The benefits of herbal and other natural products (dietary supplements) are increasingly cited in the media. Dramatic increases in use reported during the last decade have led to growing concerns about efficacy and safety.
To determine which dietary supplements American adults use, whether the prevalence has continued to increase in recent years, and whether popularity of individual supplements has changed, demographic information and details of use of all medicines and dietary supplements in the preceding week were obtained by telephone interview from February 1998 through December 2002 from households in 48 contiguous states and the District of Columbia. Participants included randomly selected residents of households with telephones; compared with 2000 US Census data, participants were representative of the US population. The main outcome measure was the weekly prevalence of dietary supplement use, alone or in a multicomponent product.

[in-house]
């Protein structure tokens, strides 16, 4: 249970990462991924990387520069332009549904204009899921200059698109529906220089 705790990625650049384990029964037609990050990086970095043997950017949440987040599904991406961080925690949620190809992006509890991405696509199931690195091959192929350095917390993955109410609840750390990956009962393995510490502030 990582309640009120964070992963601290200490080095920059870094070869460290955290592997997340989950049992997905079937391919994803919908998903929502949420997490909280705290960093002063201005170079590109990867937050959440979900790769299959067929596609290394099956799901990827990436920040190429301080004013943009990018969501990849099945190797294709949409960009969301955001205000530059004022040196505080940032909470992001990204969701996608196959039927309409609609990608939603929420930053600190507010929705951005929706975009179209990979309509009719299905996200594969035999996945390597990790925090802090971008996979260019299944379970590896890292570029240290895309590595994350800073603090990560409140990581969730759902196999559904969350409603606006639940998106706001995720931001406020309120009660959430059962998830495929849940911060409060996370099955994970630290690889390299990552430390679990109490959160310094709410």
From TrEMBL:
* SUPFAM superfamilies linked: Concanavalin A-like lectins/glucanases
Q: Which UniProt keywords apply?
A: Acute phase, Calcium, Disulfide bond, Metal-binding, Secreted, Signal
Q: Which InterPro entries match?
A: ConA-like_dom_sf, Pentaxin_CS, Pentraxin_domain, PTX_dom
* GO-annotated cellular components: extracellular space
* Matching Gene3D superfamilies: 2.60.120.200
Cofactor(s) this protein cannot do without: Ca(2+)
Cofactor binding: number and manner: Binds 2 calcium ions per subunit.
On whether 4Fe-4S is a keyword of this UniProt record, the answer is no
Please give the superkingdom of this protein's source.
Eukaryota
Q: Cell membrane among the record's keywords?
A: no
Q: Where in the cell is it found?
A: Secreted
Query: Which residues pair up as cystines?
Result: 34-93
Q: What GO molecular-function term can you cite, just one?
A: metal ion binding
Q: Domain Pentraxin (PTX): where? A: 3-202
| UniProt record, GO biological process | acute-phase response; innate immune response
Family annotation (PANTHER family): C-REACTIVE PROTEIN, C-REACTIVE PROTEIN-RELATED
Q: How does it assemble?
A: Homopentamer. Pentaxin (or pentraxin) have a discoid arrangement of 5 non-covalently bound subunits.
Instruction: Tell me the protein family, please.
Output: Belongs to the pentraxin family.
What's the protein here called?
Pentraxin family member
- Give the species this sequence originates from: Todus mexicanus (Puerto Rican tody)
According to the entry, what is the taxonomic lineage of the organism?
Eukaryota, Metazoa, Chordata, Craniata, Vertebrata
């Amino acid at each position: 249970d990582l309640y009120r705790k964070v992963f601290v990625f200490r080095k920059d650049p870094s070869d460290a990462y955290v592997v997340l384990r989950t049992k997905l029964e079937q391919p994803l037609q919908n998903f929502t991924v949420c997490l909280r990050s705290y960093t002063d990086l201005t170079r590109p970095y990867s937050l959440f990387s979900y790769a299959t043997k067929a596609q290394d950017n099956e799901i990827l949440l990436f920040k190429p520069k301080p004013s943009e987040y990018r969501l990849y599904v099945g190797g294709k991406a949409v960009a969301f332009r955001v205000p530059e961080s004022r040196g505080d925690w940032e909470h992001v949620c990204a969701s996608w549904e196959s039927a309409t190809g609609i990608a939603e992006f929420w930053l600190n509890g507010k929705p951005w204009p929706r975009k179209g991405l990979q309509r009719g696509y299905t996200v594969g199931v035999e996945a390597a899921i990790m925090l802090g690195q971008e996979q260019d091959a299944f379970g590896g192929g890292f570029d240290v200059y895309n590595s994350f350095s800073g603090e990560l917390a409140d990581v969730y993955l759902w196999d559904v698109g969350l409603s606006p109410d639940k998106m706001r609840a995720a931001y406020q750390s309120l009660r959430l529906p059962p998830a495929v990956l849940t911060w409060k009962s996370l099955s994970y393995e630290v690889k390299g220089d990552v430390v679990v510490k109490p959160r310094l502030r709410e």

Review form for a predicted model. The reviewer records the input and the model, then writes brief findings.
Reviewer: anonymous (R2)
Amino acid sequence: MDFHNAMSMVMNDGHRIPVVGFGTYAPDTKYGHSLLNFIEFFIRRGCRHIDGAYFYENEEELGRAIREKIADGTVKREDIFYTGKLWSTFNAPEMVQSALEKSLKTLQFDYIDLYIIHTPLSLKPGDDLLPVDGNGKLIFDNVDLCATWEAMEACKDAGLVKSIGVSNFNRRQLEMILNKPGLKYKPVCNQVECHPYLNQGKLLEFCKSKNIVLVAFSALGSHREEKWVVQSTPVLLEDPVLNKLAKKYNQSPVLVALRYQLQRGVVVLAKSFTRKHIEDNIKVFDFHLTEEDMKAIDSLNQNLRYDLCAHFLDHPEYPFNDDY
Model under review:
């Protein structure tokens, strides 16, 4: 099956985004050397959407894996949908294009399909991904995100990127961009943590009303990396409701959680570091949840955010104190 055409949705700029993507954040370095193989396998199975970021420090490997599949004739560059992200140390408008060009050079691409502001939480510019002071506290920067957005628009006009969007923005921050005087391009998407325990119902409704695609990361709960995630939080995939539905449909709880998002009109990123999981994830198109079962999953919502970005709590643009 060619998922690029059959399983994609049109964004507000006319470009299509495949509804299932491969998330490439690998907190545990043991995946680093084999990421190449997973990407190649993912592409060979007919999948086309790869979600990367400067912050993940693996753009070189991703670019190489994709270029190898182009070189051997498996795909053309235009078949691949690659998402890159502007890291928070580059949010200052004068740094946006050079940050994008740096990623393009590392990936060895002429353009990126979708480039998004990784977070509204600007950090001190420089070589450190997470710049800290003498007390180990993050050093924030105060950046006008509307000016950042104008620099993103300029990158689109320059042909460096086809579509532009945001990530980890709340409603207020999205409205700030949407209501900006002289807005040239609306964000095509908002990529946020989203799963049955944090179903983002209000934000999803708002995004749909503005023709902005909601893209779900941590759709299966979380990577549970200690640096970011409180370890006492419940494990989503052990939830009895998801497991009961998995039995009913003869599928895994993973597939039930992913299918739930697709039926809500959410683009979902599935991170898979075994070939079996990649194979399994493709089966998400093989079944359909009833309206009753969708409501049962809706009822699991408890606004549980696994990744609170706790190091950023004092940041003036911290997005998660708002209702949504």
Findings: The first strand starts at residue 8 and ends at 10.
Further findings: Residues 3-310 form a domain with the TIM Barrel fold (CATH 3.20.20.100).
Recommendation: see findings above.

There were 8470 subjects 18 years or older. The annual prevalence of dietary supplement use increased from 14.2% in 1998-1999 to 18.8% in 2002. Although use did not change among younger subjects, it doubled for men and women 65 years or older. Use of Ginkgo biloba and Panax ginseng declined during the study, while lutein use increased dramatically, because of its addition to multivitamin products. The overall 2002 prevalence excluding lutein use was 13.9%.
The popularity of specific supplements has varied over time and differs according to age and sex. The sharp increase in supplement use in the 1990s appears to have slowed. However, the addition of supplements, such as lutein and lycopene, to mainstream multivitamins has become an important source of exposure.